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World Shipping Hit by Slump in Global Trade

Maritime Activity Reports, Inc.

August 18, 2015

 Dashing hopes of a quick recovery from the global trade recession earlier this year, world shipping has fallen into a deep slump over the late summer, says a report in the Telegraph.

Commodity turmoil could blow the shipping industry off course.
The global shipping industry has been contending with headwinds from tumbling commodity prices for months. The Baltic Dry Index (BDI) - a gauge of shipping costs - dropped to its lowest point since 1985 during the period, with the market weighed down by "an oversupplied fleet and a slowdown in seaborne demand".
Shipping freight rates for transporting containers from ports in Asia to Northern Europe fell by 23.2 percent to $640 per 20-foot container (TEU) in the week, according to  the Shanghai Containerized Freight Index.
The drop came after a similar fall of 24.9 percent in the previous week. Freight rates on the world’s busiest shipping route have tanked this year due to overcapacity in available vessels and sluggish demand in goods to be transported. 
Manufacturing activity in New York  plunged to its weakest level in August since 2009 due to steep drops in new orders and shipments, although optimism on future business improved, a New York Federal Reserve survey showed on Monday. The New York Fed's Empire State general business conditions index tumbled from 3.86 in July to -14.92 in August, its lowest since April 2009.
Manufacturers in China are playing a cat-and-mouse game with com­modity brokers, stockpiling raw materials to delay purchases and then taking advantage of the increase in supply that follows. This will continue to affect the market as manufacturers look towards restocking in the next six to twelve months as their supplies run dry.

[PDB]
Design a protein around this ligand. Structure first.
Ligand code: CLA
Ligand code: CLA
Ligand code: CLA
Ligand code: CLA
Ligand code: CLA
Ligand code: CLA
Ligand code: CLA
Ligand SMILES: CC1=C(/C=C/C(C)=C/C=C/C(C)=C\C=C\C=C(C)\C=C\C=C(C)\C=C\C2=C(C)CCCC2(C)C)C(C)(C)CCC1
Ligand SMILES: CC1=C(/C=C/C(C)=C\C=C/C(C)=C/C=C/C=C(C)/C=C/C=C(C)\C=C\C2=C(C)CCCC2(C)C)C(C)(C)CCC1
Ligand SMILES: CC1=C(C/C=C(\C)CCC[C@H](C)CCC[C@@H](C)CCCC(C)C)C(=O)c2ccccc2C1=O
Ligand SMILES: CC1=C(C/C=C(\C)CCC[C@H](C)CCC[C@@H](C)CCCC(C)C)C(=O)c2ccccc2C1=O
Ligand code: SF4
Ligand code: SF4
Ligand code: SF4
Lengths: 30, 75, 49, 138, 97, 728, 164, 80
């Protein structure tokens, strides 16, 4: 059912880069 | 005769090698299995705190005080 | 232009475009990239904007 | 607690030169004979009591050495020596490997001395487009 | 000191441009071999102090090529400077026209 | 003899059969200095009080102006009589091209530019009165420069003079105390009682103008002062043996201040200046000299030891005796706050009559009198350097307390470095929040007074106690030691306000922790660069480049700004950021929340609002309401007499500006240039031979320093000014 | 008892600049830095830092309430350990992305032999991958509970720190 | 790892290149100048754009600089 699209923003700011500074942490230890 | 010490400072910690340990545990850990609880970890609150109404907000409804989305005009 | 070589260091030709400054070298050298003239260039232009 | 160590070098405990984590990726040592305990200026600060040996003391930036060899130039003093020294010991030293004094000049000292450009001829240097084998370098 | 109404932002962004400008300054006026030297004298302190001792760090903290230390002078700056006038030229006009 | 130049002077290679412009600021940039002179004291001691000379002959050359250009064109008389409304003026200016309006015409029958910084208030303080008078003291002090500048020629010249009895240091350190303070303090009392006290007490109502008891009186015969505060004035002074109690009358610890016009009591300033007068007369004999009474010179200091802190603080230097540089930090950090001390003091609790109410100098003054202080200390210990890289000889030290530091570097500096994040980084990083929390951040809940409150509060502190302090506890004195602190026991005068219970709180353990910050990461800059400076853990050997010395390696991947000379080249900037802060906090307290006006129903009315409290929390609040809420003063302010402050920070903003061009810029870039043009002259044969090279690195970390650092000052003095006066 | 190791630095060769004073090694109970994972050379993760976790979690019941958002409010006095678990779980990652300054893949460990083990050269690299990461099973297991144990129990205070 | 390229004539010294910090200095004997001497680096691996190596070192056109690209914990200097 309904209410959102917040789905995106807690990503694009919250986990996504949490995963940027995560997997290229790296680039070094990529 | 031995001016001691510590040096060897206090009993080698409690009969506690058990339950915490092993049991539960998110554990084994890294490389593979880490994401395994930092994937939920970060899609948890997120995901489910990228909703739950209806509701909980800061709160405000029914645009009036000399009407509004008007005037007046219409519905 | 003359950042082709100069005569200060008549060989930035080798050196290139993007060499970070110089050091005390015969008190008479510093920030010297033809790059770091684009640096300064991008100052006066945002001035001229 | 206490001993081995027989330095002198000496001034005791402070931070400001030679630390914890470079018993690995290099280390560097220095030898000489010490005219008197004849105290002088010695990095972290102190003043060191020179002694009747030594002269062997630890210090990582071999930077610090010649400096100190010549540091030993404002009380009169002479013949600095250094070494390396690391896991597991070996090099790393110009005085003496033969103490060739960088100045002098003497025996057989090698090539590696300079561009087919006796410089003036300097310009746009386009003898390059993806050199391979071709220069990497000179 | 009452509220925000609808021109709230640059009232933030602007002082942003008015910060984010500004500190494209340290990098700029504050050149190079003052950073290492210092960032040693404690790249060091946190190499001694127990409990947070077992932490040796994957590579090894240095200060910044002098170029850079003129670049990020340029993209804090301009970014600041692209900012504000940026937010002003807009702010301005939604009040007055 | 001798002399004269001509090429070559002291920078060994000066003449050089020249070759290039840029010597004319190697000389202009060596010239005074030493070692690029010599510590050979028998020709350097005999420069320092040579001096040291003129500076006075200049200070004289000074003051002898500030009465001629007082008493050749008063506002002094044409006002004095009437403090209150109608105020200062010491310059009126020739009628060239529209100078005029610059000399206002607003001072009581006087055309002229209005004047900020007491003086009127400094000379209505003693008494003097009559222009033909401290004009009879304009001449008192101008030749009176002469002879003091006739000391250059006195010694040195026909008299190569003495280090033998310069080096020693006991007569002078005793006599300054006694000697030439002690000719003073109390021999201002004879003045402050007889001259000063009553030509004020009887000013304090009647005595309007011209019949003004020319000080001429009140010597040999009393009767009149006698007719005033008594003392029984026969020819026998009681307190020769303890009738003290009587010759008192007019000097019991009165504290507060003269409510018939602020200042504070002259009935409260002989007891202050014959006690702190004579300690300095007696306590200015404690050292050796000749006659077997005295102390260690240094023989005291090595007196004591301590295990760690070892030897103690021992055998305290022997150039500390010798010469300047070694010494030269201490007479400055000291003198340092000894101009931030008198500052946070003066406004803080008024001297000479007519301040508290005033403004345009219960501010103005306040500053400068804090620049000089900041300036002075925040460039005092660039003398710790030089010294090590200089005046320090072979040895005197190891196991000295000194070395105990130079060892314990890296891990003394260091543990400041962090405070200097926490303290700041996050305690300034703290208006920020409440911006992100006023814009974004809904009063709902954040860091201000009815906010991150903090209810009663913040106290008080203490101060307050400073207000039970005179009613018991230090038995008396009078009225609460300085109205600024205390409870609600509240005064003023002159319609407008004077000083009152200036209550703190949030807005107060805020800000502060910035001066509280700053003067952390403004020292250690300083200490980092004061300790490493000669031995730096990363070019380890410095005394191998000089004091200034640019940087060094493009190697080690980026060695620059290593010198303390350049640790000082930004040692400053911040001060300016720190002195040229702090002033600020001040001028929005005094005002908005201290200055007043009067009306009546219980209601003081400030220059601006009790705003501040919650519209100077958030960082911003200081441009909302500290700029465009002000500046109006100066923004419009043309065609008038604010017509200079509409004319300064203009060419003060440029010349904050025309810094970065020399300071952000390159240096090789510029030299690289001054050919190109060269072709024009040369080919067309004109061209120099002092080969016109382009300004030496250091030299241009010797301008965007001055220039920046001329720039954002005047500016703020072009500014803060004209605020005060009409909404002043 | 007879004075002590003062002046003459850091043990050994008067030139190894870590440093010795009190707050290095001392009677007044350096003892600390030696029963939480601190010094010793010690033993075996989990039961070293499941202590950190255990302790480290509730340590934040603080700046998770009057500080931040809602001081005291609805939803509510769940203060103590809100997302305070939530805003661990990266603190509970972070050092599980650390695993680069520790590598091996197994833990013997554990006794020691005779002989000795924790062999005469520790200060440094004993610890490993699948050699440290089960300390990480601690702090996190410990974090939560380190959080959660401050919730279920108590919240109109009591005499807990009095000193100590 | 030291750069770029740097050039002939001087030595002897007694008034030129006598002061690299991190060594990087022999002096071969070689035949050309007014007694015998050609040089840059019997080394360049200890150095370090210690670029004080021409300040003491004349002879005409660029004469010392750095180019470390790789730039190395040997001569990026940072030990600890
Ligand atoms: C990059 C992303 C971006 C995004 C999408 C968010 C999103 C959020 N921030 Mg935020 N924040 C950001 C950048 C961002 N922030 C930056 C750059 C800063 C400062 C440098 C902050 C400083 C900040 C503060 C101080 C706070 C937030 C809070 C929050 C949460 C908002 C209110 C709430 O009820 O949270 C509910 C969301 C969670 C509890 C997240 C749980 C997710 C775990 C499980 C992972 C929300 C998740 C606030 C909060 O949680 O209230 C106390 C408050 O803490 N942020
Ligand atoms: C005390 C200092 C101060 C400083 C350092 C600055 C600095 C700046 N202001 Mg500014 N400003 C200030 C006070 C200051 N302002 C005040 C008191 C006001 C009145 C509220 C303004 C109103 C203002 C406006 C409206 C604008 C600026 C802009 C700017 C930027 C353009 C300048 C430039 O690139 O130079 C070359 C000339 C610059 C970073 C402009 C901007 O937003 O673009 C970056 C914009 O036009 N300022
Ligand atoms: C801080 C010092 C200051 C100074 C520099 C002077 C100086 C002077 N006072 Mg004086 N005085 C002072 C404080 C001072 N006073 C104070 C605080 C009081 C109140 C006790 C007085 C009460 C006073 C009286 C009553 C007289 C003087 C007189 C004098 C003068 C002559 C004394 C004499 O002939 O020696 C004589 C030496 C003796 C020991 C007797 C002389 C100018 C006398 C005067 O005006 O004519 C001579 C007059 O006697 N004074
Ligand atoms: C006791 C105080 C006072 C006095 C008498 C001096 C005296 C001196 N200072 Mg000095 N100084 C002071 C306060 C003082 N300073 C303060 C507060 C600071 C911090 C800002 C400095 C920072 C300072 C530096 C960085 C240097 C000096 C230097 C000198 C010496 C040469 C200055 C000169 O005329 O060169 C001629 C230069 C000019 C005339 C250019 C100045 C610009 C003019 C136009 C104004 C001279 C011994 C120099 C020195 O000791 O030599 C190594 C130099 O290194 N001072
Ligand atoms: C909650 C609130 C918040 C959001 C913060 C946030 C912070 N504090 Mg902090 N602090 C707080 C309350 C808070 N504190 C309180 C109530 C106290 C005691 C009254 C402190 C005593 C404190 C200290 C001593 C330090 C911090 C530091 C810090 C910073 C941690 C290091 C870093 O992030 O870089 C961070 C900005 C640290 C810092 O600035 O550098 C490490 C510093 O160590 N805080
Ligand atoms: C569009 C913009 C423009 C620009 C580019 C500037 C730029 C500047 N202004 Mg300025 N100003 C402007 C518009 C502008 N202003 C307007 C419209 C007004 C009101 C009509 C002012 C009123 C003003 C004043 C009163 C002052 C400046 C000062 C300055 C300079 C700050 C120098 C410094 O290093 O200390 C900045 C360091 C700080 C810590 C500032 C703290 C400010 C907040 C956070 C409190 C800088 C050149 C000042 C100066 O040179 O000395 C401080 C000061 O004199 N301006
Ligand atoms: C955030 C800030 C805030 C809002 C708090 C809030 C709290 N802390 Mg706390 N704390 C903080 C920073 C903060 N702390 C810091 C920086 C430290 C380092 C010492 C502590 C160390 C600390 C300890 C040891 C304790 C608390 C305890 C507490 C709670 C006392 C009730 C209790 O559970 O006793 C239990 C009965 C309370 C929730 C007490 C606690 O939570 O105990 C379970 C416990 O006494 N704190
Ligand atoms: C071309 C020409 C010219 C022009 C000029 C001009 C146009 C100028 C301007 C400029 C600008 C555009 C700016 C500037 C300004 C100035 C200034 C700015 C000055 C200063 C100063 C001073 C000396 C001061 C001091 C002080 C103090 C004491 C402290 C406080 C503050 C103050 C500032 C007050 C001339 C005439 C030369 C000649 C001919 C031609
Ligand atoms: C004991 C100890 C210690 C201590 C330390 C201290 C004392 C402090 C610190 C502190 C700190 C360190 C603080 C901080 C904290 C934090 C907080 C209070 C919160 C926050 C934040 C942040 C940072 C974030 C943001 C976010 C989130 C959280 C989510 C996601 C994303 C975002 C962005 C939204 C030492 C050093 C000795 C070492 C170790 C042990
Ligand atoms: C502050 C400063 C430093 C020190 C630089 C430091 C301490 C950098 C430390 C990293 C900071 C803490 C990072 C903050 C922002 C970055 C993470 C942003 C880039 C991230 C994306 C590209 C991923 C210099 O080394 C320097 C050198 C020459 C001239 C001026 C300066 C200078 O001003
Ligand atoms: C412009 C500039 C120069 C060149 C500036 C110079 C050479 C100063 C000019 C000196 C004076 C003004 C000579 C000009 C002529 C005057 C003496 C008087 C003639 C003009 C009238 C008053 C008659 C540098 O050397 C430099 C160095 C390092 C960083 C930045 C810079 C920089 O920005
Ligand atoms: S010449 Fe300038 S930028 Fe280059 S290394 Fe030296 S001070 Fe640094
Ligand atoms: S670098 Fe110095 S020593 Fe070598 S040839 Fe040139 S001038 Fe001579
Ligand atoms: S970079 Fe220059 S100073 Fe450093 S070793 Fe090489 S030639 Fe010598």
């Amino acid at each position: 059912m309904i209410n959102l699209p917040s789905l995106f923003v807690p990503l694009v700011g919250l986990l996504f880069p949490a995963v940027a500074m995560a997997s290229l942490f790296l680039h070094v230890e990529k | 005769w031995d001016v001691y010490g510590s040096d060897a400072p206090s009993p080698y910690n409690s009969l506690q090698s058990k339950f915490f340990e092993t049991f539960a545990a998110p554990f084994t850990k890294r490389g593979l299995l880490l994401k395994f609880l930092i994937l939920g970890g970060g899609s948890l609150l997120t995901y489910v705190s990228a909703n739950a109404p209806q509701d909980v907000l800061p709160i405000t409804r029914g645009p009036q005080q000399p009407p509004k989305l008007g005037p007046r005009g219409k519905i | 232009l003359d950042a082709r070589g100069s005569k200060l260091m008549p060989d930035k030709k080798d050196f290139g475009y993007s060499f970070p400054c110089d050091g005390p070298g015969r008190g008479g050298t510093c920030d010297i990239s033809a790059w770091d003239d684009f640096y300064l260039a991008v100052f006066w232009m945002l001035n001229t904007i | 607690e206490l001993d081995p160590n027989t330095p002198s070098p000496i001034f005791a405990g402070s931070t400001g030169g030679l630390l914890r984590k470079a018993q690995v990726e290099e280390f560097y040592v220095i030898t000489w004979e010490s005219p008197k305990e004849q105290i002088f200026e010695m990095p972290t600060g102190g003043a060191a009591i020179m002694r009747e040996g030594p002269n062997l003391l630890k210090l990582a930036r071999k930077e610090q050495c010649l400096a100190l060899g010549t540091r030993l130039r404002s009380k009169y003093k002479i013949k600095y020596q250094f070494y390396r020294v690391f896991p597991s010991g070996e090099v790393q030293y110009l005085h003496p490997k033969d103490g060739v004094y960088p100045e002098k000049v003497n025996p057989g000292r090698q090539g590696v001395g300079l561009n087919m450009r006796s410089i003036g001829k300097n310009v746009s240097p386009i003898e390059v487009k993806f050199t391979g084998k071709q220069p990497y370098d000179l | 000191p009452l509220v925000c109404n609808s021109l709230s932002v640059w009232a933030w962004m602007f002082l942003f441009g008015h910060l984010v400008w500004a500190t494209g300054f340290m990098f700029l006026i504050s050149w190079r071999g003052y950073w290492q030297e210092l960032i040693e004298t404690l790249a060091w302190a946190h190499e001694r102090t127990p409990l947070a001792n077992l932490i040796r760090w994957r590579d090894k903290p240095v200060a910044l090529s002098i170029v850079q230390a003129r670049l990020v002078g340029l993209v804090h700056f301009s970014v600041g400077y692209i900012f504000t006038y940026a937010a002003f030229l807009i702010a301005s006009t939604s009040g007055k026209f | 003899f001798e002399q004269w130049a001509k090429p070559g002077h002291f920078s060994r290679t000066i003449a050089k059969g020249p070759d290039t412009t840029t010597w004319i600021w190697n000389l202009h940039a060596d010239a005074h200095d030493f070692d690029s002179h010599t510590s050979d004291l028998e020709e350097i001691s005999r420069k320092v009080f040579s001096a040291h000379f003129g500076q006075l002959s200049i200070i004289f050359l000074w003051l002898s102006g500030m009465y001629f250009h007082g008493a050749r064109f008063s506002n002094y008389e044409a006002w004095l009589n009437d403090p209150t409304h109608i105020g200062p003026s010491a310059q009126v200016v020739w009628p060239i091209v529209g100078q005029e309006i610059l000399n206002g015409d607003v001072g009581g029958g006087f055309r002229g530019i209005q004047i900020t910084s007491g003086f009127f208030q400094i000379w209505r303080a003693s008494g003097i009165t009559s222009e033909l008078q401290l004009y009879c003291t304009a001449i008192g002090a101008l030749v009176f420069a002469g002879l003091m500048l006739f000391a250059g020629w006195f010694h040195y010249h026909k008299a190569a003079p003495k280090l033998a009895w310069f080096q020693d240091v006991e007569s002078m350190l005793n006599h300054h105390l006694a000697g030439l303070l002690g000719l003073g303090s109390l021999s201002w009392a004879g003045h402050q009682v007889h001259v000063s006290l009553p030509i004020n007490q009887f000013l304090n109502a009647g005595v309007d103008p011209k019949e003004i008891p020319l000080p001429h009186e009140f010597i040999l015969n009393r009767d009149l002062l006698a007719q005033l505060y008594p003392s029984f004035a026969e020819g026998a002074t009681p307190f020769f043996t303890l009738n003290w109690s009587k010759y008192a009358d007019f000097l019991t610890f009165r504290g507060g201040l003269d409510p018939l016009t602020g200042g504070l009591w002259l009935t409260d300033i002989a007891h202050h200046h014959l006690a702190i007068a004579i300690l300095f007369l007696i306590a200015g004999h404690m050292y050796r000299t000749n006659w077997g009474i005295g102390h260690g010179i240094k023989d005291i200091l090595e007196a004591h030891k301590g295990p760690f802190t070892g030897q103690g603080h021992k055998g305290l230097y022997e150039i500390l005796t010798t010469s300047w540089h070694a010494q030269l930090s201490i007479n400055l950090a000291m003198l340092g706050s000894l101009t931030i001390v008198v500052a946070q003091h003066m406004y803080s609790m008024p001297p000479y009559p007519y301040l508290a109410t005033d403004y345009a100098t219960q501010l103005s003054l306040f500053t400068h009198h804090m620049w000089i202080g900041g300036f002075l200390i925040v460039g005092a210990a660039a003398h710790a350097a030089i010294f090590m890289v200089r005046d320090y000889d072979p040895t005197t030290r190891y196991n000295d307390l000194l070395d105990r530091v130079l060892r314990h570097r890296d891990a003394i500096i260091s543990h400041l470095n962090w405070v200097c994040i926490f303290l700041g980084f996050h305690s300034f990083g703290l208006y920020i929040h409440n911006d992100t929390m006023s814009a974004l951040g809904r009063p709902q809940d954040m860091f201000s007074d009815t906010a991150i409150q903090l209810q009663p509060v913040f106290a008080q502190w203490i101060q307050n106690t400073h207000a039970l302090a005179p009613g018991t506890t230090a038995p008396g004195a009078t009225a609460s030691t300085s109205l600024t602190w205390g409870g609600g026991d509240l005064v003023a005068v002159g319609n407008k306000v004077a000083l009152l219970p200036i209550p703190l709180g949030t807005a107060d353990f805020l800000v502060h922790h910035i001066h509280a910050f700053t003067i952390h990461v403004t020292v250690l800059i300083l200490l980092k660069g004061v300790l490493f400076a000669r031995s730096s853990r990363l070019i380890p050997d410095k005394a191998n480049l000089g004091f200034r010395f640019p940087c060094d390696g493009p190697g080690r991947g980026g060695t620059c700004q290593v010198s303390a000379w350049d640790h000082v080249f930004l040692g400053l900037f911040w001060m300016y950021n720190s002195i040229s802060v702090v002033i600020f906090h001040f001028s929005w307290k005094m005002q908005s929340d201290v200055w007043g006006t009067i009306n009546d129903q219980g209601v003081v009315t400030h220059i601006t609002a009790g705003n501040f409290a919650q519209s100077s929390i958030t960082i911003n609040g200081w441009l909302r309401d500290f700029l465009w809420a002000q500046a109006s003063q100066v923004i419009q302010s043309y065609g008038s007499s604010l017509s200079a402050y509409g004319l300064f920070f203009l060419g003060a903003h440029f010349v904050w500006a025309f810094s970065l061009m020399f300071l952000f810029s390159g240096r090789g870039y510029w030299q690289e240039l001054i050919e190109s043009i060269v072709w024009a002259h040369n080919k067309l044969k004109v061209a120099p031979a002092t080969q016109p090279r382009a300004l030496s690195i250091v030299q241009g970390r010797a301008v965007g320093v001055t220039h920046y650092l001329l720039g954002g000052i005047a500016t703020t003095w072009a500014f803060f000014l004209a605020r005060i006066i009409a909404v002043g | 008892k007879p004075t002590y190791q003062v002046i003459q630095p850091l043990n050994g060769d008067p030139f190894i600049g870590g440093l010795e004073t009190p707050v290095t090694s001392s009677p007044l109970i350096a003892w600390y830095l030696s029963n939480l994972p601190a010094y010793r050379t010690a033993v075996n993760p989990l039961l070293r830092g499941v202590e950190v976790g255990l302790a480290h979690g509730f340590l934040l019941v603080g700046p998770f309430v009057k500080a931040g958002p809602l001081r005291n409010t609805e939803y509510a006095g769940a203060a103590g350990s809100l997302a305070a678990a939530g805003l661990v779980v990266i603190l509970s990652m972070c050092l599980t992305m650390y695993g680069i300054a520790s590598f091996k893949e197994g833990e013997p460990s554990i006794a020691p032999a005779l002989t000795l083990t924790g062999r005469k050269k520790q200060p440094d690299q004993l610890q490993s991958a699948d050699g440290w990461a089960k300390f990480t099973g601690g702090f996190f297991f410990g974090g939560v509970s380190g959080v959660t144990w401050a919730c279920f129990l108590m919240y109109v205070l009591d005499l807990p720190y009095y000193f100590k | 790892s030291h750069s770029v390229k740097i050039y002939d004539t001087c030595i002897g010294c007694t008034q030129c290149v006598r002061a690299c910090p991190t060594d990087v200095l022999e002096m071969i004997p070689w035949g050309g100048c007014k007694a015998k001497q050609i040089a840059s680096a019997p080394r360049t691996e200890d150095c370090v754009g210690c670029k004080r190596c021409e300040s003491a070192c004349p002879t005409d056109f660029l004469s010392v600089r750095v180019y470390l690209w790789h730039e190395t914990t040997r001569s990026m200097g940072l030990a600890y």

There is now a full-blown August storm sweeping through global markets. The Bloomberg commodity index dropped to a fresh 13-year low on Monday and the MSCI index of emerging market equities touched depths not seen since August 2009.
Ports across the world suffer worst hit since the Lehman crisis as emerging markets wilt, but trade may not matter so much to global GDP any longer.
The port of Hamburg said trade with Russia collapsed by 36pc, the latest evidence that the rouble crash and Continued from Page 25 deepening recession has forced Russian consumers to cut back drastically on purchases of imported cars and heavy goods.
Yet more recent data from Container Trades Statistics shows that global volumes fell 3.1pc in June from the already depressed levels the month before. This has come as shock: the period from June to August is typically the strongest time of the year, boosted by pre-shipments for the Christmas season.
Analysts  say that the shipping companies simply needed to weather the storm. It’s just a matter of waiting for that excess capacity to be absorbed.